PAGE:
Jul 15 • 3 min read

The shift from ‘Can we?’ to ‘Should we?’


The US ENABLERS Act will mandate the kind of values-led decision making that the public now expect from businesses.

Know who you are doing business with.

Xapien’s core purpose – enabling you to understand who you are working with – has been a fundamental requirement for banks in the United States for more than 50 years. Legislation has prevented them from working with money launderers, terrorists, warmongerers and others.

But in June, Democrat and Republican lawmakers in Washington fast tracked an anti-money laundering law that will require a larger section of ‘middlemen’ businesses to know who they are doing business with too – after more than two decades of calls to do so, and several preceding bills widely considered ineffective.

Businesses that have never before needed to conduct due diligence will now be required to do so – and will face serious penalties for facilitating money or reputation laundering, be it accidental or deliberate.

What’s new

The Establishing New Authorities for Business Laundering and Enabling Risks to Security Act (the ENABLERS Act) was created following the revelations of the Panama Papers, and the outrage that followed.

It will make it compulsory for investment advisers at private funds, lawyers, trust companies, real estate brokers, accountants, art and collectibles dealers, public relations firms, and third-party payment service providers to conduct due diligence on sources of funds.

“It closes the biggest remaining loopholes in our laws that allow crooks and kleptocrats all over the world to hide their money and property in the United States,” said Rep. Tom Malinowski (D-N.J.), one of the drivers behind the act’s implementation.

“It’s way too easy to use accounting firms, lawyers and others to launder money in ways that are hard for our sanctions enforcement agencies to see,” he added.

“By proposing very simple, straightforward due diligence requirements, we exponentially increase the effects of the sanctions program.”

‘Can we’ becomes ‘should we’

The introduction of Enablers Act following years of delay builds on the growth of conscientious customers and consumers who are paying ever more attention to how businesses make decisions.

“In a digital world, public profile is everything and if you get something wrong, it can be a permanent black mark on your digital footprint – the shop window for any institution,” Daniel Secretan, co-founder and COO of Xapien said in June.

Even businesses not covered by the act increasingly need to consider the ethical requirement of looking into their business partners’ backgrounds – be they suppliers, donors, applicants or associates.

They also need to consider the reputational consequences of not doing so.

A British parallel

In the UK, legal professionals found themselves in a similar situation after the British Government imposed sanctions on Russian entities following Russia’s invasion of Ukraine.

Although several industries, including accounting and public relations, were banned from working with Russian clients, law firms were not. Instead, they had to ask themselves whether, given the strength of anti-Russian sentiment, it would be an ethical mistake to work with them.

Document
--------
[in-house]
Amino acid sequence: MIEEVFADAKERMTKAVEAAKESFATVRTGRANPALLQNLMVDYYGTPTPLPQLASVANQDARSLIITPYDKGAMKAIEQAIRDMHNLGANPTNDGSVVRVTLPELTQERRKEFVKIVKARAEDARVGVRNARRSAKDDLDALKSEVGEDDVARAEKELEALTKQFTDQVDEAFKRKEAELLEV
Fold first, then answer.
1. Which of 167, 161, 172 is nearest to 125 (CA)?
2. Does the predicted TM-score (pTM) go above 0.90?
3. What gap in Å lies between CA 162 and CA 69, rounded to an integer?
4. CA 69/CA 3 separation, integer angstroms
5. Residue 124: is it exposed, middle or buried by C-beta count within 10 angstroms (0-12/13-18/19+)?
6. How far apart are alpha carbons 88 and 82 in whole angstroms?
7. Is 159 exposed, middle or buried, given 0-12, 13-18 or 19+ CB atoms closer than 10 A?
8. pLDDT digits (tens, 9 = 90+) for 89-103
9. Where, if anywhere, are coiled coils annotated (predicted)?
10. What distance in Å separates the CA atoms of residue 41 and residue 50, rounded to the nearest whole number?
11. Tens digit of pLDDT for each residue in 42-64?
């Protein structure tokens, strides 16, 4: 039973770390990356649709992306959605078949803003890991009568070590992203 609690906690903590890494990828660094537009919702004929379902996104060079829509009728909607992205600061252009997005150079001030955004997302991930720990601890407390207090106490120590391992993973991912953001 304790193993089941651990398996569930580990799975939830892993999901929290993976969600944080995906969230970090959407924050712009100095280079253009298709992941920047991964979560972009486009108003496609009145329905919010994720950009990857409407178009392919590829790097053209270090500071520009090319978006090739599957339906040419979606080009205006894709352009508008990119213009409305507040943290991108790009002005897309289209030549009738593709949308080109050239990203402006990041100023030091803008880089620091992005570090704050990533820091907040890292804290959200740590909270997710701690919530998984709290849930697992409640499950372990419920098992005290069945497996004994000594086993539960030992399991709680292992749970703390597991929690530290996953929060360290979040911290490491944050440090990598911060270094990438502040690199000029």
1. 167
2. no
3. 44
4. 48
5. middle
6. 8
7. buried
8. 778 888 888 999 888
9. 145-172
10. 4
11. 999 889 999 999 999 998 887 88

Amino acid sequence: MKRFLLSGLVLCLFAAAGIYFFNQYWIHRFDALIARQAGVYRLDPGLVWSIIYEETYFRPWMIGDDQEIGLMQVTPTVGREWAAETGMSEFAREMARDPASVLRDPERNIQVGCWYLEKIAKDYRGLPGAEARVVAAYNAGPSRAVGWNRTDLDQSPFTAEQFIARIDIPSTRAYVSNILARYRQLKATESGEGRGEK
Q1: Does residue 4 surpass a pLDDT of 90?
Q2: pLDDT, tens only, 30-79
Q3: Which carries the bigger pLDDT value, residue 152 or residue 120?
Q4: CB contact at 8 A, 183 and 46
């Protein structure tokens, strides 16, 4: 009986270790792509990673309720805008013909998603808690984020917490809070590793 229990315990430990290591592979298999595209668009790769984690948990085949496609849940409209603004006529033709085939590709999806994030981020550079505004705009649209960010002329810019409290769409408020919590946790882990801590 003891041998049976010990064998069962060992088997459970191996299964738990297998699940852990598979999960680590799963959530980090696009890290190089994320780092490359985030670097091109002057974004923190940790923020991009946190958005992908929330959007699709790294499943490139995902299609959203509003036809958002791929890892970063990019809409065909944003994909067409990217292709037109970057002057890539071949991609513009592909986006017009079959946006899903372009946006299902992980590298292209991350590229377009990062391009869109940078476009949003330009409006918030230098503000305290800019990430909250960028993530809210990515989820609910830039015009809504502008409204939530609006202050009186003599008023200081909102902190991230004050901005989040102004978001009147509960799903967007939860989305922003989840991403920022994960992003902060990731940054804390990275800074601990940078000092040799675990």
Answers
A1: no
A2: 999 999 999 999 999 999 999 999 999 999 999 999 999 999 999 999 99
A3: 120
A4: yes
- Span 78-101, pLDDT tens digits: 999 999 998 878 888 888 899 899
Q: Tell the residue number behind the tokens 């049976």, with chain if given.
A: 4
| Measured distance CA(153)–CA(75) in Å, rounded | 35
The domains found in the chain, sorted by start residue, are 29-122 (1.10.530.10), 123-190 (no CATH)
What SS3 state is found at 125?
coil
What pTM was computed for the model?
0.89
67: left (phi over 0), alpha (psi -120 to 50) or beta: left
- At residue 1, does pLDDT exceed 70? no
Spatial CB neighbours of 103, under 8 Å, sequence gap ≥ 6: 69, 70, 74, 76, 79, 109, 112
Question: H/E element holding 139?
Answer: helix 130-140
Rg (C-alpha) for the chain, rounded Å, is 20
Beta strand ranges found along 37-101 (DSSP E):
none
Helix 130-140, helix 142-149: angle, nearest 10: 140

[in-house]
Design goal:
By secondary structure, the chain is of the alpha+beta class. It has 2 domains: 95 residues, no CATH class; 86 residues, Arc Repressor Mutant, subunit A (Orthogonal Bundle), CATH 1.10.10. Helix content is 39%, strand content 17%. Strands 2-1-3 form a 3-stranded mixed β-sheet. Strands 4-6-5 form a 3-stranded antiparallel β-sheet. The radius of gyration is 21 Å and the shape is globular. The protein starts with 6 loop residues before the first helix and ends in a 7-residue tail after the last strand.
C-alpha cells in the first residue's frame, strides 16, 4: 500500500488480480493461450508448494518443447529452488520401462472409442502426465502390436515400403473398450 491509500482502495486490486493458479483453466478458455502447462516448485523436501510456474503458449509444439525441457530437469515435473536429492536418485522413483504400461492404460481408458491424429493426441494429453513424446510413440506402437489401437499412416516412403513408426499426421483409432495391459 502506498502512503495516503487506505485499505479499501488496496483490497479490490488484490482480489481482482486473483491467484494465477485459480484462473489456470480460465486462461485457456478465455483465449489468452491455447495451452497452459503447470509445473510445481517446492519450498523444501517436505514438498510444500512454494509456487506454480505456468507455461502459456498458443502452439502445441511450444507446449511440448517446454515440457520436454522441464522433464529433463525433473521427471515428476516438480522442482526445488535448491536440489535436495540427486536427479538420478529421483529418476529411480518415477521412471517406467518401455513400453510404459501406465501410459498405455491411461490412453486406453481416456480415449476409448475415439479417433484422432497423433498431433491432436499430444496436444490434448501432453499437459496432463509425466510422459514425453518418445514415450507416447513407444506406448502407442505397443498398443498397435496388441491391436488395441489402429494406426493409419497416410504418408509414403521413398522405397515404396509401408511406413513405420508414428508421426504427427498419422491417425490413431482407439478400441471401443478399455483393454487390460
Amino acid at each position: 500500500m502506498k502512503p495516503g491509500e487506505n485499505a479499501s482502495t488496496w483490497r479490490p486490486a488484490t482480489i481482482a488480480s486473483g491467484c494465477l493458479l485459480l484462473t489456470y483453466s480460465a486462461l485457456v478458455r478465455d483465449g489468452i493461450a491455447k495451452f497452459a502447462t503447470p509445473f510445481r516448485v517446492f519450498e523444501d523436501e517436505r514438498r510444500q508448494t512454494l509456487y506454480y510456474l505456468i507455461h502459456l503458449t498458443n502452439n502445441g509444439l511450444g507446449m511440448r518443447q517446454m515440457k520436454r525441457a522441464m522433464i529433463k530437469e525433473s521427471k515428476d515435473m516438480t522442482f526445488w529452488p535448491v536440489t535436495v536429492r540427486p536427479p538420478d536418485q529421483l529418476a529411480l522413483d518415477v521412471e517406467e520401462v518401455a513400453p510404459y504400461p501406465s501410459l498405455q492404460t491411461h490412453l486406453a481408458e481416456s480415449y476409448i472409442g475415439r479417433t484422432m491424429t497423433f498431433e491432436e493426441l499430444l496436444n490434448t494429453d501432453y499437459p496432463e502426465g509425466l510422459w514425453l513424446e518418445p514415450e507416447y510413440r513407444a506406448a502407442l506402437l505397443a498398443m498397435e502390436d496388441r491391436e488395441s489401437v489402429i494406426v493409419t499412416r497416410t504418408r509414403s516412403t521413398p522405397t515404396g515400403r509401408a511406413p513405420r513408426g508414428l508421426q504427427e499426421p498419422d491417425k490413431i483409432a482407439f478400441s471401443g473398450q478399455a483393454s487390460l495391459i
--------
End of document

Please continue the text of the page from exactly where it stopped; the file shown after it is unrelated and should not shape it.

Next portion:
What they needed was a way to conduct thorough background checks that could differentiate between the subtleties of types of association.

A need for holistic, nuanced background checks

Businesses in the US, the UK, and elsewhere, now, more than ever before, need a way to conduct holistic, nuanced and rapid background checks on potential clients. Existing compliance tools such as PEPs and sanctions look-up tools only provide ‘yes’ and ‘no’ answers about known risky customers. They cannot identify players who are about to be sanctioned, or close associates of those who have.

Carrying out the checks manually would be a huge strain on resources, taking hours, if not days, per potential client. Manual checks also make it highly likely some problematic associations will be missed.

The huge amount of information available in the public domain has transformed the transparency and traceability of sources of funds and fraudulent or corrupt activities, but it is an overwhelming amount of information for risk and compliance analysts to trawl through.

Without the right tools and practices for background checks, companies face two major risks:

  1. Missing red flags associated with a client during the intake process. This can lead to poor ethical conduct, media and public scrutiny and potentially crippling financial consequences.
  2. Inefficient compliance processes leading to long delays in client intake, poor customer experience and missed opportunities.

AI-powered background check platforms like Xapien solve the challenges of the deep research process that is essential for ethical client intake decisions.

Existing compliance tools check only records and watchlists. Xapien collates knowledge from across the internet and commercial data sources, processing millions of online corporate records, media and news articles, and sources of shareholder data. Its use of publicly available online data ensures that all information retrieval is done under KYC compliance and regulations.

Xapien’s natural language processing algorithms extracts meaningful knowledge about assets, wealth, sources of wealth, associates, and key ownership structures as intuitively as a human would, but thousands of times faster. The automated, easy to use background reports take five to 10 minutes, saving businesses days’ of research by analysts.

Book a demo to find out more about how Xapien can help you run swift, effective due diligence that helps you protect your reputation.

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